off-cut weekend

During the weekend, I suddenly really wanted some pork trotter. Problem is, the usual place where I satisfy that particular craving is a tad far away. So I decided to have a go at cooking it myself.

A quick trip to my local butchers and grocery store had me dragging back a kilo (roughly 4 legs) of trotter all nicely chopped up, and half a kilo of ox cheeks, just because I saw them there looking lovely and intriguing, and some massive spring onions…


 White wine vinegar,
Cooking wine,
Oyster sauce,
Rock sugar,
Dark and light soya sauce,
Cinnamon and chili flakes,
Sze chuan peppercorn,
Ginger, spring onion and garlic, Waki (optional)

A quick assembly of the wet and dry ingredients makes for an easier cook-fest. Plus, it’s also less likely to forget something.


Put the trotters into cold water and bring to a rolling boil for around 10 minutes, then rinse really well in cold water (and clean again. Loads of bits and bobs you’d want to get rid of. This step takes the most time). Dump them back into a pot (my trusty cast iron one worked best) with heat on, and add the liquids and herbs. Give them a thorough stir and then add the rest of the wet ingredients. Amount of each item is up to your taste.


Let it cook for at least 1 1/2 hours (mine was around 2 1/2), occasionally stirring it so it doesn’t stick. When your stomach is grumbling and saliva dripping from the whole house smelling absolutely gorgeous, remove pork trotters and strain sauce to remove the bits of herb bark, etc.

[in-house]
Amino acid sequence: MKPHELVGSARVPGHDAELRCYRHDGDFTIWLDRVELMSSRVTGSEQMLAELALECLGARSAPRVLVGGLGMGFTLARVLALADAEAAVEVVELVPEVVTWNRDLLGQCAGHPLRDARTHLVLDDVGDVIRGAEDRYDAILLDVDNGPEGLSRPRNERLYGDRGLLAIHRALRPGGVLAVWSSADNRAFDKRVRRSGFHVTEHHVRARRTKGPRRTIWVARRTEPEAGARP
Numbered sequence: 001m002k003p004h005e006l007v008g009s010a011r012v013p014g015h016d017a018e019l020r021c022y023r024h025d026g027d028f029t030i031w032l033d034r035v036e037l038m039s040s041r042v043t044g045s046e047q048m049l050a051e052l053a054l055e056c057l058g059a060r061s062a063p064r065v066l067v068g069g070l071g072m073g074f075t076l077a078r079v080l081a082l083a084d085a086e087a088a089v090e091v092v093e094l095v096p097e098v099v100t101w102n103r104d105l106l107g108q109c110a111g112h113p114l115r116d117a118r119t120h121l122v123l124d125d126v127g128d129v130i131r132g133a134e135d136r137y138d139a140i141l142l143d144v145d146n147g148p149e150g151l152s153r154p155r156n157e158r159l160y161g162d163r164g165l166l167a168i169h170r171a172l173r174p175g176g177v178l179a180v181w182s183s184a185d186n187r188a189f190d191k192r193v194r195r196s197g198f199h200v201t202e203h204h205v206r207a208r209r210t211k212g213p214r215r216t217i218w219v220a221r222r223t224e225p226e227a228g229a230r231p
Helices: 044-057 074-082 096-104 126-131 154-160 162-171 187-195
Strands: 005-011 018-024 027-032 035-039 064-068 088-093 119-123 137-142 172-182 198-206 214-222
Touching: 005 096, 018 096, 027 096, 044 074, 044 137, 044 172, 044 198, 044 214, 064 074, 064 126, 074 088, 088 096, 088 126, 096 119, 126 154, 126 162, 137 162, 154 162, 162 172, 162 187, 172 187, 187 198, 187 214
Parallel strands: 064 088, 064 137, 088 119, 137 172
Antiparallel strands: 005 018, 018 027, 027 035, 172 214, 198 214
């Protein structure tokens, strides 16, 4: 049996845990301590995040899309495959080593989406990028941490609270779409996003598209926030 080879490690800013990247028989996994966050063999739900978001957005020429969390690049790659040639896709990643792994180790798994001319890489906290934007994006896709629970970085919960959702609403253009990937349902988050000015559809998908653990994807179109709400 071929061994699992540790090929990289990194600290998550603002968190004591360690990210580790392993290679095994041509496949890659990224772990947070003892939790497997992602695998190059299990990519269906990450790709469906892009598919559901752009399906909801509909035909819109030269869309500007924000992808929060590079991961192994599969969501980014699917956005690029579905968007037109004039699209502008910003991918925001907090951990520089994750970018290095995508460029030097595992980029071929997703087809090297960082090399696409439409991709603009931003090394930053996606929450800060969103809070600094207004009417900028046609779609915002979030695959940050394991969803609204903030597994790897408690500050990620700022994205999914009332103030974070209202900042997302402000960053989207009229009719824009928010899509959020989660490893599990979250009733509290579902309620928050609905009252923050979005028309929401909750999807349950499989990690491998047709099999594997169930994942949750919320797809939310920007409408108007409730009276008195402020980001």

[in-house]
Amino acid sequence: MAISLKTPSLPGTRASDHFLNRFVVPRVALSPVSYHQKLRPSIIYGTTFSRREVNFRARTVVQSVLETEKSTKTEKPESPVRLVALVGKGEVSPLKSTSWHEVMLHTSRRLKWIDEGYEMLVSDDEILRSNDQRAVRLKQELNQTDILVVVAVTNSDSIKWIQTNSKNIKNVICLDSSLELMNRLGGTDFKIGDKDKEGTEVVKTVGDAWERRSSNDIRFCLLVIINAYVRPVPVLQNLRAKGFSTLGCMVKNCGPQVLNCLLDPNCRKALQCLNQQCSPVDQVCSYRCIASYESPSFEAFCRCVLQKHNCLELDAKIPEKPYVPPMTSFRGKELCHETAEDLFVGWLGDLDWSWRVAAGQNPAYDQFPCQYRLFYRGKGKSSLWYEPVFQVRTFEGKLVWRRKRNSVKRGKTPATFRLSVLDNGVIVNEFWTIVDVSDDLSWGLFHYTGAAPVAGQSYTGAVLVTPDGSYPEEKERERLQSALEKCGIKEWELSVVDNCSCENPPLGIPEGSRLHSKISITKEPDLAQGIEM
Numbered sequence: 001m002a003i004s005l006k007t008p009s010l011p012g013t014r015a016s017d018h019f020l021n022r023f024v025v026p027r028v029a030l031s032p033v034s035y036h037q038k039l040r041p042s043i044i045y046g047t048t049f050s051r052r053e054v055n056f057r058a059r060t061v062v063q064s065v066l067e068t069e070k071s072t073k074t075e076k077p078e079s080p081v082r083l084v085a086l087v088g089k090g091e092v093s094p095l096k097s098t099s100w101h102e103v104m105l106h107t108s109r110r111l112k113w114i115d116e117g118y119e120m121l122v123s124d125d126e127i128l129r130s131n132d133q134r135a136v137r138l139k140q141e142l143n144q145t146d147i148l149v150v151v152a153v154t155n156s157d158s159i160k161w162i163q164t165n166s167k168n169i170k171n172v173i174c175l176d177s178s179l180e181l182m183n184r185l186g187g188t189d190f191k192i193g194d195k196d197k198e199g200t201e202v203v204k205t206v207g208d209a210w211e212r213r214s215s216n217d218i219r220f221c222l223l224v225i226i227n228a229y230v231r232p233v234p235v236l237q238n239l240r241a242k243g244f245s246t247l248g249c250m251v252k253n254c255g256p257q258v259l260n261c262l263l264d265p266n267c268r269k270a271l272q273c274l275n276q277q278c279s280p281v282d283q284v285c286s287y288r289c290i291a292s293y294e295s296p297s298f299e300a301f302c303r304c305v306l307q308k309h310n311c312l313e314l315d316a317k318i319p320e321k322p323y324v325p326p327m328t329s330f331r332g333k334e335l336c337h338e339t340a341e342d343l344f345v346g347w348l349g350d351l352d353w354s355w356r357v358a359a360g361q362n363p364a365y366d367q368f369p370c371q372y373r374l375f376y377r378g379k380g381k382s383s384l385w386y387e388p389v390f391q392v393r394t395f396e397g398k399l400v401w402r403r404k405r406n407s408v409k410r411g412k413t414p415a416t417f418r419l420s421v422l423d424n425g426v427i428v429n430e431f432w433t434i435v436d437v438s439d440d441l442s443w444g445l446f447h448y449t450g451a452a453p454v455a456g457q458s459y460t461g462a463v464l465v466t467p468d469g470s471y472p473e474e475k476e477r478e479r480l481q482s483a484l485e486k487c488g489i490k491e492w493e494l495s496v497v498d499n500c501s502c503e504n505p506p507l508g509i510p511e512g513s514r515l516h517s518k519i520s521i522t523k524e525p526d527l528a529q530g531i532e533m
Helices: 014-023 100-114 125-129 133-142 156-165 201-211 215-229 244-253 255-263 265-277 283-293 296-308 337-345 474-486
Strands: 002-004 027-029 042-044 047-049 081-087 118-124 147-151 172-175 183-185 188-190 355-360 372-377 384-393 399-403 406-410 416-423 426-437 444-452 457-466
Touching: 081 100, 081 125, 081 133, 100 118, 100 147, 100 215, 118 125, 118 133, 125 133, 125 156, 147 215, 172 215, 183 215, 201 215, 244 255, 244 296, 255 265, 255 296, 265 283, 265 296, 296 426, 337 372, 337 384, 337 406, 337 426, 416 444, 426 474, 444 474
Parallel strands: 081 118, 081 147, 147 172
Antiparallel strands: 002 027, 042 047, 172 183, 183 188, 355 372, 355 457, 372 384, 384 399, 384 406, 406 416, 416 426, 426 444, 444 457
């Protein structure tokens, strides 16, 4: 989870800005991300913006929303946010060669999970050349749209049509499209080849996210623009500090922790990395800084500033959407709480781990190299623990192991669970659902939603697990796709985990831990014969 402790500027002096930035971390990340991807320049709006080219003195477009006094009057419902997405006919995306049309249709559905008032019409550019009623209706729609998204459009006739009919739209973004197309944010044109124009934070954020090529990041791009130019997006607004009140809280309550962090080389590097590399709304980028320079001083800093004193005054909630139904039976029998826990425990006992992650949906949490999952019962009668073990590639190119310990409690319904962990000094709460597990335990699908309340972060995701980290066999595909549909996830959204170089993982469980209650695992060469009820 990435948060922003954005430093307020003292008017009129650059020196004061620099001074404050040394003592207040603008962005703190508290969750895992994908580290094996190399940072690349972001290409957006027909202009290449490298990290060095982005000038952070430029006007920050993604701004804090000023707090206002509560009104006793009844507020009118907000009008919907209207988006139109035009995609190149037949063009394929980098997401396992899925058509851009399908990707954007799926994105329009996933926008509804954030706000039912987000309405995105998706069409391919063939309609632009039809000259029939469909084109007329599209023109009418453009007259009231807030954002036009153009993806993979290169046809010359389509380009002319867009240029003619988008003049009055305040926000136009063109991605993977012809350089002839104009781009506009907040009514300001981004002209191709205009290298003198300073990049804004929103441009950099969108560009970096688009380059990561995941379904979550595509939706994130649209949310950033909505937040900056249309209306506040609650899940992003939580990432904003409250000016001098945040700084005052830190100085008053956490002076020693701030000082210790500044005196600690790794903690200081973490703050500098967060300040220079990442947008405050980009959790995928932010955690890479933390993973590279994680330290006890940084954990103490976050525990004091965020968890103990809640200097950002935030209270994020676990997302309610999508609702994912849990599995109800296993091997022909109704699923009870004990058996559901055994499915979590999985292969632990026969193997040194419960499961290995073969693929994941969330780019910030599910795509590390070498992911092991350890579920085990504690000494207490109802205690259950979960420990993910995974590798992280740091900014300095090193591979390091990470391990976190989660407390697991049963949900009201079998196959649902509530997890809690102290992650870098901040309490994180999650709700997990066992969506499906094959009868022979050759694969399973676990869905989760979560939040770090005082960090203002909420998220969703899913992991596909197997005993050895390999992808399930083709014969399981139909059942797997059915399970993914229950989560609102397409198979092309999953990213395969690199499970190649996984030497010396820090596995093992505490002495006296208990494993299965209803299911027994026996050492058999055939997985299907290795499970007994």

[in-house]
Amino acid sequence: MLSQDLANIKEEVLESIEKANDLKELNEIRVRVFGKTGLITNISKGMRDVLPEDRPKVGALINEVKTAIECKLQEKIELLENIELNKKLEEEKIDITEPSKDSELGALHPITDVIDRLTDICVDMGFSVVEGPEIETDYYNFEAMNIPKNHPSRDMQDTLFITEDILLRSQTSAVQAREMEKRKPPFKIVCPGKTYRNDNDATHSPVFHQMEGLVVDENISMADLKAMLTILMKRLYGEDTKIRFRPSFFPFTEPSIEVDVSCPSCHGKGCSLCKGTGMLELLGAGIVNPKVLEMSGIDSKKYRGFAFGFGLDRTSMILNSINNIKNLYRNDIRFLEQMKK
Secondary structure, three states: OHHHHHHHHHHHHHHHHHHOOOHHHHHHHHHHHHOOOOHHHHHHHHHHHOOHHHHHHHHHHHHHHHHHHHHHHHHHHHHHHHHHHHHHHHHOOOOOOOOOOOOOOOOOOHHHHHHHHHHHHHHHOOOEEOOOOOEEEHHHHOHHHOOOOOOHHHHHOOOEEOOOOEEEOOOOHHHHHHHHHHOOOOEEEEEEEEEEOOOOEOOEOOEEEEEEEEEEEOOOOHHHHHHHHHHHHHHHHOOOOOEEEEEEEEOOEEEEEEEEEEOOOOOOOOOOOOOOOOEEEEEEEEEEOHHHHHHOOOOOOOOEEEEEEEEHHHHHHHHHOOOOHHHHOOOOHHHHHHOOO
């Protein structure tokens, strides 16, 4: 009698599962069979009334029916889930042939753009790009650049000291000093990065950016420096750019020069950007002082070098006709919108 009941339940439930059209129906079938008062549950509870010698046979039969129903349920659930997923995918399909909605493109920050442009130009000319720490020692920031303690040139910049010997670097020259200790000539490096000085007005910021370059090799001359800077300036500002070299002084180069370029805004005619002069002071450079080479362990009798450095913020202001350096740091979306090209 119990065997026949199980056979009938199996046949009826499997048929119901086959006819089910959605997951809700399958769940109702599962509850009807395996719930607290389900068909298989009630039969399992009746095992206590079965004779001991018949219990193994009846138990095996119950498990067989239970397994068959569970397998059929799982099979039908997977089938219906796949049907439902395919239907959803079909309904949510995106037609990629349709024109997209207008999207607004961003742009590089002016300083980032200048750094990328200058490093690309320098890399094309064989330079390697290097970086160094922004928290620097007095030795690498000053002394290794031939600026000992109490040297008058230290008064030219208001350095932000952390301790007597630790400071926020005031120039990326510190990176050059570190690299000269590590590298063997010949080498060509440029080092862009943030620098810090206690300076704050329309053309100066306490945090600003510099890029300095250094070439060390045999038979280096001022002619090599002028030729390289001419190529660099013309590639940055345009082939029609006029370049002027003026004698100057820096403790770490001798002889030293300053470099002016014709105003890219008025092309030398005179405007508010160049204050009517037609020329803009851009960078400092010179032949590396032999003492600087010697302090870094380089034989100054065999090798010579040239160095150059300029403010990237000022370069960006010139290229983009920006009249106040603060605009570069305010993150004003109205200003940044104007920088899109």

Put pork back into the sauce, add hard boiled eggs and more freshly chopped spring onions (though this step is optional), and let to cook for a little bit longer.


Serve with rice when you can’t be bothered to wait any longer, and will start ngawing on your braised trotter scented arm from the stirring you’ve been doing.

I was so full that night. Belly happy with nice soft melt-in-your mouth slightly spicy gelatinous savoury goodness.

ox cheek

As for the ox cheeks, while the trotter was bubbling away I slow cooked it in a ragu-based sauce. (The usual, chopped tomatoes, worcestershire sauce, bay leaf, a bit of water, herbs of choice, onions, red wine and a bit of sugar). This I cooked for around 3 hours, and had it the next day with some pasta.

My goodness it was surprisingly lovely. You could cut the meat with a spoon. It went down well with a big glass of red wine.


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